FlowTrans 2015 Conference in Strasbourg

The International Conference on Flow in Transforming Porous Media will be held in Strasbourg, France, and will be open to researchers presenting their results about coupled fluid and solid flow in natural rocks, soils, granular media and porous media. The changes happening can be due to fast processes, with force exchange between fluid and solids, or slow processes, as during chemical reactions with dissolution and precipitation, during seismic cycles in faults or during diagenesis, or thermal processes, as in volcanic phenomena. The conference welcomes contributions from experimental, numerical and theoretical approaches.

For details on the various exciting sessions and for submitting your abstract contributions, go to: http://flowtrans2015.sciencesconf.org/

Secondment with CSIRO in Australia

From 02.06.15 – 05.07.15, Early Stage Researcher Ulrich Kelka visited the University of New South Wales in Sydney, Australia.

There he did a secondment with Thomas Poulet, Manolis Veveakis, and Klaus Regenauer-Lieb at the School of Petroleum and Engineering, all employees of the Flowtrans partner CSIRO.

They worked on a derivation of a 1D steady-state solution for the cnoidal waves/compaction bands applied to the zebra textures. This approach also accounts for the mechanical processes which are involved in the genesis of this pattern. The expression is an extension of the classical compaction bands theory (McKenzie, 1984) to non-linear rheology. This was a missing part in Ulrich’s work until the visit.

They got a closed form solution, and now the question is whether it is possible to apply the equation to the geological conditions that are assumed during the formation of the zebra bands at the San Vicente mine, Central Peru.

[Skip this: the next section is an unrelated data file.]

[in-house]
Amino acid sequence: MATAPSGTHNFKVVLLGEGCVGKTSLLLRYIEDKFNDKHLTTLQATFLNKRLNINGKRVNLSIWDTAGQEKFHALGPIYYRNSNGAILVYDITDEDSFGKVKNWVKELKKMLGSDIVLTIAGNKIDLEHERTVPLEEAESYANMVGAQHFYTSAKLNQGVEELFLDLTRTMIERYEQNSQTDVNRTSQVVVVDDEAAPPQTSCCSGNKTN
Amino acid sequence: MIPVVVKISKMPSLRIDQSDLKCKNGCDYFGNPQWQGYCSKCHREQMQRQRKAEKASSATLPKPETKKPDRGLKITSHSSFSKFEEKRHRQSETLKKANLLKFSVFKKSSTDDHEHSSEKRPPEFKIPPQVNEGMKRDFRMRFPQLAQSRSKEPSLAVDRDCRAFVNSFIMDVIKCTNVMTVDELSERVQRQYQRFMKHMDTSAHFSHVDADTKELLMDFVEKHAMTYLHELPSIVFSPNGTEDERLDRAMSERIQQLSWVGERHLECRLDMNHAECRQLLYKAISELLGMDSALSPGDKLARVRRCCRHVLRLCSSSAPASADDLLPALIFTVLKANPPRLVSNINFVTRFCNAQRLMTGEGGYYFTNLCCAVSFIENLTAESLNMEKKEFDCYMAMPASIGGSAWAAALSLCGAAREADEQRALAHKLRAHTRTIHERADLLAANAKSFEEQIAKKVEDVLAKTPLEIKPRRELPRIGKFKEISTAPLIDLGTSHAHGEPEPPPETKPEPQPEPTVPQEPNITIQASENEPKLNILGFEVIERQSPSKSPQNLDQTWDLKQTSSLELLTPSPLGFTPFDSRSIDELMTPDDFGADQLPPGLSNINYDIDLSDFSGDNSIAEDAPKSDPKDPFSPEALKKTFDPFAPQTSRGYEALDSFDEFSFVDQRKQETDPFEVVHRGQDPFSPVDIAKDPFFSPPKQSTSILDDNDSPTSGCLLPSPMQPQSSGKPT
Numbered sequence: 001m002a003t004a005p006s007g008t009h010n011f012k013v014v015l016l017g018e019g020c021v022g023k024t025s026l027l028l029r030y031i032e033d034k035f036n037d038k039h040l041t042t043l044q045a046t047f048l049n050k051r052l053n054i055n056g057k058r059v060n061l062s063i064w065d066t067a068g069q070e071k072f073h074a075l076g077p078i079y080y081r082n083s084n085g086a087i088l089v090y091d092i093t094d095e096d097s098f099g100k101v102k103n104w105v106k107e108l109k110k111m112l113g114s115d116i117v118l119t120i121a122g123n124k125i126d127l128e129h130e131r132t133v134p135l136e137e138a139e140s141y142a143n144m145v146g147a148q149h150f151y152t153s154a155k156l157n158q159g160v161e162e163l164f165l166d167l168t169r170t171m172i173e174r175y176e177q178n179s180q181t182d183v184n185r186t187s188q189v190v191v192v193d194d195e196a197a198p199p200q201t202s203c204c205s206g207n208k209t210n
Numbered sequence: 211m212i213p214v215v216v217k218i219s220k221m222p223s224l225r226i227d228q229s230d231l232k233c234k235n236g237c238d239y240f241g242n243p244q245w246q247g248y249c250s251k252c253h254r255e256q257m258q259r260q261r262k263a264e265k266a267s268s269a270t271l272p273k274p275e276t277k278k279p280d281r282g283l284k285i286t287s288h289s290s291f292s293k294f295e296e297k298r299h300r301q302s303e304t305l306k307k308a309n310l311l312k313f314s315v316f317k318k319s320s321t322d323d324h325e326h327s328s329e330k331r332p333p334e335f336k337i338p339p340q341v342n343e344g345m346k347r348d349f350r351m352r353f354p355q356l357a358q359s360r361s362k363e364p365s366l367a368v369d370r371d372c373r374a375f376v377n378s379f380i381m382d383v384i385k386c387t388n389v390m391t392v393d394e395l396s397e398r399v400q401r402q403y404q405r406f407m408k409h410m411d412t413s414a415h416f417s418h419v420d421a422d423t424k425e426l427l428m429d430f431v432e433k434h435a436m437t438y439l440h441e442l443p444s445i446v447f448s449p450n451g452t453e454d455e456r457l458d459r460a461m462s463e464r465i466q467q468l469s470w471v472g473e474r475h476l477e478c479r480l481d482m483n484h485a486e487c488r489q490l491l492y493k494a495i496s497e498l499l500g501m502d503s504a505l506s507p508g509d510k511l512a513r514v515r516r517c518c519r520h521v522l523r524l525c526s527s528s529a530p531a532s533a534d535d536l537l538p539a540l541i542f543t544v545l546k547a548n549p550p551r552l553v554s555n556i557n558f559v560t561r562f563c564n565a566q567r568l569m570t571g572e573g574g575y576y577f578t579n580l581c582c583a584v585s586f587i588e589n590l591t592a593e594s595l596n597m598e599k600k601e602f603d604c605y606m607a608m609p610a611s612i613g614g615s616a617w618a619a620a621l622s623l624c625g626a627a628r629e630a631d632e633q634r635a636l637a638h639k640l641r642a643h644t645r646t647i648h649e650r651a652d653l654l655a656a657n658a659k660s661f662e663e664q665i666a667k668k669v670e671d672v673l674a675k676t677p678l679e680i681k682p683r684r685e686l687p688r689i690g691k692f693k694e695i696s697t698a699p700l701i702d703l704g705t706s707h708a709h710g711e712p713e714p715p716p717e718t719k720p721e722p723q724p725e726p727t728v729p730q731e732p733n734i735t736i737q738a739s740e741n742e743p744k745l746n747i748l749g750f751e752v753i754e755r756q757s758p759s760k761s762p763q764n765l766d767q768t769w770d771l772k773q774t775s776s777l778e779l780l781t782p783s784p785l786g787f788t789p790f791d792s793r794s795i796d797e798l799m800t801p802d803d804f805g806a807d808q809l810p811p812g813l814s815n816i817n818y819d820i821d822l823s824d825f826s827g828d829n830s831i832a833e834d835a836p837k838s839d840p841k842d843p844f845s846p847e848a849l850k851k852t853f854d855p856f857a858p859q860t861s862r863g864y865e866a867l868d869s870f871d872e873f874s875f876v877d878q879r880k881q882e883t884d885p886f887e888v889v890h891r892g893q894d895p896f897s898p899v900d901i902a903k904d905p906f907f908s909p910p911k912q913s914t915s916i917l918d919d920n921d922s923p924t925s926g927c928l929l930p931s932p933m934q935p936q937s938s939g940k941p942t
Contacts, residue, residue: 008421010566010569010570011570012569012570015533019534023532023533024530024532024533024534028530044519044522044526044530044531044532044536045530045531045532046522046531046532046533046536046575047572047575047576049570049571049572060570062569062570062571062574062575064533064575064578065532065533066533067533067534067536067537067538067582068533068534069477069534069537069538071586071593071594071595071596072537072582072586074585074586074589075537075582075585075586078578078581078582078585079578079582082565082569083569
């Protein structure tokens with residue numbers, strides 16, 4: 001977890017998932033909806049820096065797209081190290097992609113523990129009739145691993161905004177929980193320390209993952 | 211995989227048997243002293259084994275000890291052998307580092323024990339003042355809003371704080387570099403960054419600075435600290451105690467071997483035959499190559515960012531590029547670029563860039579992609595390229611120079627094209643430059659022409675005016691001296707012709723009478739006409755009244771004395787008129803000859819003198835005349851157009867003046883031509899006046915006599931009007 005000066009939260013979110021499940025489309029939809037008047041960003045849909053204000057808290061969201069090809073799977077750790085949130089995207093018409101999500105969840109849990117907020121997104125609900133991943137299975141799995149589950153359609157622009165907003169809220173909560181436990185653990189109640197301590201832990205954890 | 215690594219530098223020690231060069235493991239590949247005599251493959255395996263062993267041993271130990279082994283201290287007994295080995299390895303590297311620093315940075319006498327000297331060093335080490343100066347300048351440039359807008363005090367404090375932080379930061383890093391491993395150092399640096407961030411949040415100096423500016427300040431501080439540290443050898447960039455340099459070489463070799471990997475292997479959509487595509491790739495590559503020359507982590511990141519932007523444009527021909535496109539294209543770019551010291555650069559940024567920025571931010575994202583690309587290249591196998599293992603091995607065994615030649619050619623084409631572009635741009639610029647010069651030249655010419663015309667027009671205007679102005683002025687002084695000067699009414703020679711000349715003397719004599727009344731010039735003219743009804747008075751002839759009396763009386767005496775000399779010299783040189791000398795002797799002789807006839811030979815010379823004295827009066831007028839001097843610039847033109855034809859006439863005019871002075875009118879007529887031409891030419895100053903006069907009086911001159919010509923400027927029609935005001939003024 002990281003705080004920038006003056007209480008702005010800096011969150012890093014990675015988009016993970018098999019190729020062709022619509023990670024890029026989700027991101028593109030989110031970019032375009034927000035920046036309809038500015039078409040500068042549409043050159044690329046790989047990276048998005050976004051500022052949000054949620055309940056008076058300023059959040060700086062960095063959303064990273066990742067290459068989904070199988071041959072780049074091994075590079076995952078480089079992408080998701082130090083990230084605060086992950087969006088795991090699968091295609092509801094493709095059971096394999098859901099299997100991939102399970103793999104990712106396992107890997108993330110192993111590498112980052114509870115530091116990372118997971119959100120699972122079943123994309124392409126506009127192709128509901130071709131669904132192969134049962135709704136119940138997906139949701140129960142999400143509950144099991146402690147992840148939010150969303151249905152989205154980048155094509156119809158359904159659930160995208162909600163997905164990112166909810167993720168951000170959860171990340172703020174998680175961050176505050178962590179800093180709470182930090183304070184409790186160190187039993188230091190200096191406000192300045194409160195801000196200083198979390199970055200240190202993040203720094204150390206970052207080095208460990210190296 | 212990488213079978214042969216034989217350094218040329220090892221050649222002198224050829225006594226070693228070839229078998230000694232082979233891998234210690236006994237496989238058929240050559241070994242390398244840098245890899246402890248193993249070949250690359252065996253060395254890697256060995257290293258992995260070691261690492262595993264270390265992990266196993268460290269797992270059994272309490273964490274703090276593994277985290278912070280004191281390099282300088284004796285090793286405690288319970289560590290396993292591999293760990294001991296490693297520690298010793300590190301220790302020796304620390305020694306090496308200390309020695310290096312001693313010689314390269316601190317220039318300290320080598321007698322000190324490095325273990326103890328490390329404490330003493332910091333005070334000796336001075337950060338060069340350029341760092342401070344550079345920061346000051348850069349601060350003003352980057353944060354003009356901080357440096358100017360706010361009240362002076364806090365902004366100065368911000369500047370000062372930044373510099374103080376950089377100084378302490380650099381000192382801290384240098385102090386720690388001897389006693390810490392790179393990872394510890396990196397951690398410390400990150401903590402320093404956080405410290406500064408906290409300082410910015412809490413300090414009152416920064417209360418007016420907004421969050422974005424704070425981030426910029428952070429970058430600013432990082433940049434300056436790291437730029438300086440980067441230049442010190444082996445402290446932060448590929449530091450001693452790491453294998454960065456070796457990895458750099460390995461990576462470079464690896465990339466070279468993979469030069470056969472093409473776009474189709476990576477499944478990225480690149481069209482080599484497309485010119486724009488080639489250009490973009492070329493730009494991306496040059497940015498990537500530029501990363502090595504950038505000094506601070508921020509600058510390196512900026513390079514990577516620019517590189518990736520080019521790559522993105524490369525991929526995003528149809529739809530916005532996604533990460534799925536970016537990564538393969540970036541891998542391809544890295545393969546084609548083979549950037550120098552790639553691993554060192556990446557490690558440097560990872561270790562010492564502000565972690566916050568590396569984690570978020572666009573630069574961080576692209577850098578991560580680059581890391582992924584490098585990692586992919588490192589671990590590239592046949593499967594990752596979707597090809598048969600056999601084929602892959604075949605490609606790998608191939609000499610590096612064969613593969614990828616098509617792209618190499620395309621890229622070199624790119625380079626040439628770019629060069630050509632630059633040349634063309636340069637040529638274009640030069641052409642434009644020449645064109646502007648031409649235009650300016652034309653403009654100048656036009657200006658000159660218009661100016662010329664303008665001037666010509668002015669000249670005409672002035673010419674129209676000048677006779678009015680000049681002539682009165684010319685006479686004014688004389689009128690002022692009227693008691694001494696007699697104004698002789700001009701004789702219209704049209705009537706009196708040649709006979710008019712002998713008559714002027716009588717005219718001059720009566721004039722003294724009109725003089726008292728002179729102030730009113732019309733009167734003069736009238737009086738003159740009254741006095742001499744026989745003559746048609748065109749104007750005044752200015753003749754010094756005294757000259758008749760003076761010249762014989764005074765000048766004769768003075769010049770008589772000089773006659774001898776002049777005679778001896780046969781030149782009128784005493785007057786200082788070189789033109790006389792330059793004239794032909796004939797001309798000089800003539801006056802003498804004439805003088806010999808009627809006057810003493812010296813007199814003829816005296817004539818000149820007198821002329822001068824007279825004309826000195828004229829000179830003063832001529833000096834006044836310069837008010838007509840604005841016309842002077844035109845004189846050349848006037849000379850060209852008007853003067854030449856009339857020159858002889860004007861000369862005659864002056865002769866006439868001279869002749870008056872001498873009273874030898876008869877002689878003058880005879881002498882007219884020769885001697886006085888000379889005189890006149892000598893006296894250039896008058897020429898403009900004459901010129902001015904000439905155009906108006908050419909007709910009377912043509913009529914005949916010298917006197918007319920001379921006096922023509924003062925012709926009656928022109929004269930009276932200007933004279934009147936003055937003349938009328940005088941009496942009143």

Ulrich is satisified with the results of his secondment with CSIRO; “We had pretty interesting discussions because everybody come from different fields (Geology, Mathematics, Engineering and Geophysics), and we ended up with four pages of equations leading to a pretty complicated expression, which might explain the zebra pattern formation”, he said.

FlowTrans Newsletter June 2014

To have some good reading over the summer, the FlowTrans fellows prepared the 2nd FlowTrans Newsletter, where you will mostly read about the work on mineral replacements carried out in the Munster group, and get a few glimpses over our recent Workshop on a volcano in La Palma. See for example how marble turns into apatite and creates patterns of new porosity, as illustrated in this figure.

Check it out here: FlowTrans Newsletter June 2014

Fingering on dike walls

During one of our field trips in Israel we were shown these interesting fingering like structures in sandstones. They occur at the interface to magmatic dikes. The idea is that the direction of the fingering (from left to right) give the direction of dike intrusion.

Read more